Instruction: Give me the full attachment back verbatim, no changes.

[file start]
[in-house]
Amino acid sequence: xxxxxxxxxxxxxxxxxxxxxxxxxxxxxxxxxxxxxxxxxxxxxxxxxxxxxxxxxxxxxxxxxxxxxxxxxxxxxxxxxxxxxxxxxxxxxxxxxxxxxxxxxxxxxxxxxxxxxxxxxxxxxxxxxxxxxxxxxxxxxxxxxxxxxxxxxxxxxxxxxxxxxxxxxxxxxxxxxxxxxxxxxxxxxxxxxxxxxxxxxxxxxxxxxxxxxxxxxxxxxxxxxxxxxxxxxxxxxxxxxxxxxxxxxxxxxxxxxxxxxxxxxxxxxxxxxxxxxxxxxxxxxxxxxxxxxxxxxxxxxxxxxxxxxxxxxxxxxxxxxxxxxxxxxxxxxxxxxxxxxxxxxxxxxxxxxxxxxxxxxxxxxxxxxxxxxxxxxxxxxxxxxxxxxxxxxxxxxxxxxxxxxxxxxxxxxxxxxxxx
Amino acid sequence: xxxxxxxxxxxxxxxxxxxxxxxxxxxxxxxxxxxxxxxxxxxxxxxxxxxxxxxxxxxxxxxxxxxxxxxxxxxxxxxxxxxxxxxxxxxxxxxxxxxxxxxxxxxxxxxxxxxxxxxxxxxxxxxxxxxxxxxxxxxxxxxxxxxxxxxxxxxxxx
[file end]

[in-house]
Amino acid sequence: xxxxxxxxxxxxxxxxxxxxxxxxxxxxxxxxxxxxxxxxxxxxxxxxxxxxxxxxxxxxxxxxxxxxxxxxxxxxxxxxxxxxxxxxxxxxxxxxxxxxxxxxxxxxxxxxxxxxxxxxxxxxxxxxxxxxxxxxxxxxxxxxxxxxxxxxxxxxxxxxxxxxxxxxxxxxxxxxxxxxxxxxxxxxxxxxxxxxxxxxxxxxxxxxxxxxxxxxxxxxxxxxxxxxxxxxxxxxxxxxxxxxxxxxxxxxxxxxxxxxxxxxxxxxxxxxxxxxxxxxxxxxxxxxxxxxxxxxxxxxxxxxxxxxxxxxxxxxxxxxxxxxxxxxxxxxxxxxxxxxxxxxxxxxxxxxxxxxxxxxxxxxxxxxxxxxxxxxxxxxxxxxxxxxxxxxxxxxxxxxxxxxxxxxxxxxxxxxxxxx
Amino acid sequence: xxxxxxxxxxxxxxxxxxxxxxxxxxxxxxxxxxxxxxxxxxxxxxxxxxxxxxxxxxxxxxxxxxxxxxxxxxxxxxxxxxxxxxxxxxxxxxxxxxxxxxxxxxxxxxxxxxxxxxxxxxxxxxxxxxxxxxxxxxxxxxxxxxxxxxxxxxxxxx